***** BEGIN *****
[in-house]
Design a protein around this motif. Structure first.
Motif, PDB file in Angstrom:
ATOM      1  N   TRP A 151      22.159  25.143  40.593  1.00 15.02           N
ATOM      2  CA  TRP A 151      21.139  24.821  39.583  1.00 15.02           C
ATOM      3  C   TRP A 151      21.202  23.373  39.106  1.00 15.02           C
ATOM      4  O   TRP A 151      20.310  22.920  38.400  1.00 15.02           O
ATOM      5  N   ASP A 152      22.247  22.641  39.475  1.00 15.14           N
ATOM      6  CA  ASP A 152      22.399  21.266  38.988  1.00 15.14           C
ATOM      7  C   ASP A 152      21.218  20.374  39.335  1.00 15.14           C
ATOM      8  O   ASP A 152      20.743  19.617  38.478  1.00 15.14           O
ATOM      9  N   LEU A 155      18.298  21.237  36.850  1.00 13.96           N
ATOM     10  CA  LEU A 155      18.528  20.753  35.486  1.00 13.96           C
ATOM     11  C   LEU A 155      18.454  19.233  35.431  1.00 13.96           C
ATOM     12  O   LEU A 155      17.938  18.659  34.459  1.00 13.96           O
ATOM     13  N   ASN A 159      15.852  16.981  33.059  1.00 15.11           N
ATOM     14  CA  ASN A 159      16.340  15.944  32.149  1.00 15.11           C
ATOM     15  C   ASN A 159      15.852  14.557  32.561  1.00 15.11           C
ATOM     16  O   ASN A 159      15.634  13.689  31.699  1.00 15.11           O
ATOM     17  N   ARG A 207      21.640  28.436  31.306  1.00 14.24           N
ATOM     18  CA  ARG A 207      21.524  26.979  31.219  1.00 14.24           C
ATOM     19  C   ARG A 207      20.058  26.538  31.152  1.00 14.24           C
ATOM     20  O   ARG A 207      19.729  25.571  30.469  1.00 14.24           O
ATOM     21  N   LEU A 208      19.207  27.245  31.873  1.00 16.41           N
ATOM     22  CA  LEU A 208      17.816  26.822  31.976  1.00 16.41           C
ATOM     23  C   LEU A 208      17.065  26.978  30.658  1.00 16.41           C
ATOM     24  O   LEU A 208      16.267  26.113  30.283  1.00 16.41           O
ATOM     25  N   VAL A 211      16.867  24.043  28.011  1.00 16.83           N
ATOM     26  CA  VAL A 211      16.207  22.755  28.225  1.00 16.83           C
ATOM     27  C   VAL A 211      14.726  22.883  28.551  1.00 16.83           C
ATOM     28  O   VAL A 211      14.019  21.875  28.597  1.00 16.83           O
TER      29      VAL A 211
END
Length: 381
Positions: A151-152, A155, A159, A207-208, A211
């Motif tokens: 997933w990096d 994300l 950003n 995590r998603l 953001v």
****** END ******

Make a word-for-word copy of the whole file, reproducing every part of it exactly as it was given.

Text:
[in-house]
Design a protein around this motif. Structure first.
Motif, PDB file in Angstrom:
ATOM      1  N   TRP A 151      22.159  25.143  40.593  1.00 15.02           N
ATOM      2  CA  TRP A 151      21.139  24.821  39.583  1.00 15.02           C
ATOM      3  C   TRP A 151      21.202  23.373  39.106  1.00 15.02           C
ATOM      4  O   TRP A 151      20.310  22.920  38.400  1.00 15.02           O
ATOM      5  N   ASP A 152      22.247  22.641  39.475  1.00 15.14           N
ATOM      6  CA  ASP A 152      22.399  21.266  38.988  1.00 15.14           C
ATOM      7  C   ASP A 152      21.218  20.374  39.335  1.00 15.14           C
ATOM      8  O   ASP A 152      20.743  19.617  38.478  1.00 15.14           O
ATOM      9  N   LEU A 155      18.298  21.237  36.850  1.00 13.96           N
ATOM     10  CA  LEU A 155      18.528  20.753  35.486  1.00 13.96           C
ATOM     11  C   LEU A 155      18.454  19.233  35.431  1.00 13.96           C
ATOM     12  O   LEU A 155      17.938  18.659  34.459  1.00 13.96           O
ATOM     13  N   ASN A 159      15.852  16.981  33.059  1.00 15.11           N
ATOM     14  CA  ASN A 159      16.340  15.944  32.149  1.00 15.11           C
ATOM     15  C   ASN A 159      15.852  14.557  32.561  1.00 15.11           C
ATOM     16  O   ASN A 159      15.634  13.689  31.699  1.00 15.11           O
ATOM     17  N   ARG A 207      21.640  28.436  31.306  1.00 14.24           N
ATOM     18  CA  ARG A 207      21.524  26.979  31.219  1.00 14.24           C
ATOM     19  C   ARG A 207      20.058  26.538  31.152  1.00 14.24           C
ATOM     20  O   ARG A 207      19.729  25.571  30.469  1.00 14.24           O
ATOM     21  N   LEU A 208      19.207  27.245  31.873  1.00 16.41           N
ATOM     22  CA  LEU A 208      17.816  26.822  31.976  1.00 16.41           C
ATOM     23  C   LEU A 208      17.065  26.978  30.658  1.00 16.41           C
ATOM     24  O   LEU A 208      16.267  26.113  30.283  1.00 16.41           O
ATOM     25  N   VAL A 211      16.867  24.043  28.011  1.00 16.83           N
ATOM     26  CA  VAL A 211      16.207  22.755  28.225  1.00 16.83           C
ATOM     27  C   VAL A 211      14.726  22.883  28.551  1.00 16.83           C
ATOM     28  O   VAL A 211      14.019  21.875  28.597  1.00 16.83           O
TER      29      VAL A 211
END
Length: 381
Positions: A151-152, A155, A159, A207-208, A211
């Motif tokens: 997933w990096d 994300l 950003n 995590r998603l 953001v």